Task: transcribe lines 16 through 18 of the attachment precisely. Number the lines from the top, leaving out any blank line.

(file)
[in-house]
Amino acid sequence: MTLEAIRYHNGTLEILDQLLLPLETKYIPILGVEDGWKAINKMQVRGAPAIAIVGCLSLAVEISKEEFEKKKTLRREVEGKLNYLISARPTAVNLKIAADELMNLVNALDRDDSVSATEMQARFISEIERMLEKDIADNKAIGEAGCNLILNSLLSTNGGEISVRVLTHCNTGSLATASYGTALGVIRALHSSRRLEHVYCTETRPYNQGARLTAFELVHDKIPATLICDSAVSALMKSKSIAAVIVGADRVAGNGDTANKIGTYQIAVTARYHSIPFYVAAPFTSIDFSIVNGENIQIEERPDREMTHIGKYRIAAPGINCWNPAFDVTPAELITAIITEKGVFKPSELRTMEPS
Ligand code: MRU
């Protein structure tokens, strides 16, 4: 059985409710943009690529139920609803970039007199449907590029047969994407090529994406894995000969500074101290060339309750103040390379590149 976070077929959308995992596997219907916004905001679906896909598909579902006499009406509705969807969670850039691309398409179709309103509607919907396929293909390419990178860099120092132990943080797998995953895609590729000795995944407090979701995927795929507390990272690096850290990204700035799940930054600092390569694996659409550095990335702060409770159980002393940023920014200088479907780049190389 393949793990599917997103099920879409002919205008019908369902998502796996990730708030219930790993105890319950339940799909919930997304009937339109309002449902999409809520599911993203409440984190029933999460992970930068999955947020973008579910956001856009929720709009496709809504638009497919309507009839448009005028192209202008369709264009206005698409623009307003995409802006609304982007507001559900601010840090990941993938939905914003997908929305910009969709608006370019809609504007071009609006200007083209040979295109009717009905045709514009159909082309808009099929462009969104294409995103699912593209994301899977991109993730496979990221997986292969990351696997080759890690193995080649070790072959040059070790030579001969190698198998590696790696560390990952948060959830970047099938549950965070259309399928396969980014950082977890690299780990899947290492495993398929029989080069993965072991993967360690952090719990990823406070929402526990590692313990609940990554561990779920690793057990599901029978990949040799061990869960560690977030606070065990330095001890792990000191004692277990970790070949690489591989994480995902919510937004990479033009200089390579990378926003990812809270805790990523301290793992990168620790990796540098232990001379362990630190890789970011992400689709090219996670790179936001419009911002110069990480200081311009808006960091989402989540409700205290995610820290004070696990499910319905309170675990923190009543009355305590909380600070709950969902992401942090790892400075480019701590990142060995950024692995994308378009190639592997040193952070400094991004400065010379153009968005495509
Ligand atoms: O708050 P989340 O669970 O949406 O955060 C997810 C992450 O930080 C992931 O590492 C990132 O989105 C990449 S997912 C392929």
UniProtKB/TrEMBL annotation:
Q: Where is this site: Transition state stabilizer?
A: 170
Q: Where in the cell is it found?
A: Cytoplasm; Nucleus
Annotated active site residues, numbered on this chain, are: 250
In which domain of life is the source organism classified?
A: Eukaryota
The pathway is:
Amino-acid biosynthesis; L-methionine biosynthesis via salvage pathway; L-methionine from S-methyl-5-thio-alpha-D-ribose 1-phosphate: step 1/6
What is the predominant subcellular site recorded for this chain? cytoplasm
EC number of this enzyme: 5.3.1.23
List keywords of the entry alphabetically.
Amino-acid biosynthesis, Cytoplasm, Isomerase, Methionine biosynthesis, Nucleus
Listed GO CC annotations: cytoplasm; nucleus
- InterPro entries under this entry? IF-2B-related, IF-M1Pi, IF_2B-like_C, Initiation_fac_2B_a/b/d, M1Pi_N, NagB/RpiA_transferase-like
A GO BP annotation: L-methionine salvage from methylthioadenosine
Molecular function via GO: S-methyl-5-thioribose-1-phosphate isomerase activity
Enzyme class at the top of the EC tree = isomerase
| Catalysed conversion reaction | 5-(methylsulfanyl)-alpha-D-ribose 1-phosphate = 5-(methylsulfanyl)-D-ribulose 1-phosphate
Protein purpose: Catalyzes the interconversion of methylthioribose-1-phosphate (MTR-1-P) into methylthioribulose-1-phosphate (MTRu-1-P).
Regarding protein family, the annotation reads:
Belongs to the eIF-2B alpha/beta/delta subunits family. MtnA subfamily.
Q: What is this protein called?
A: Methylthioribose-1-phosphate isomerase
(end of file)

What is the predominant subcellular site recorded for this chain? cytoplasm
EC number of this enzyme: 5.3.1.23
List keywords of the entry alphabetically.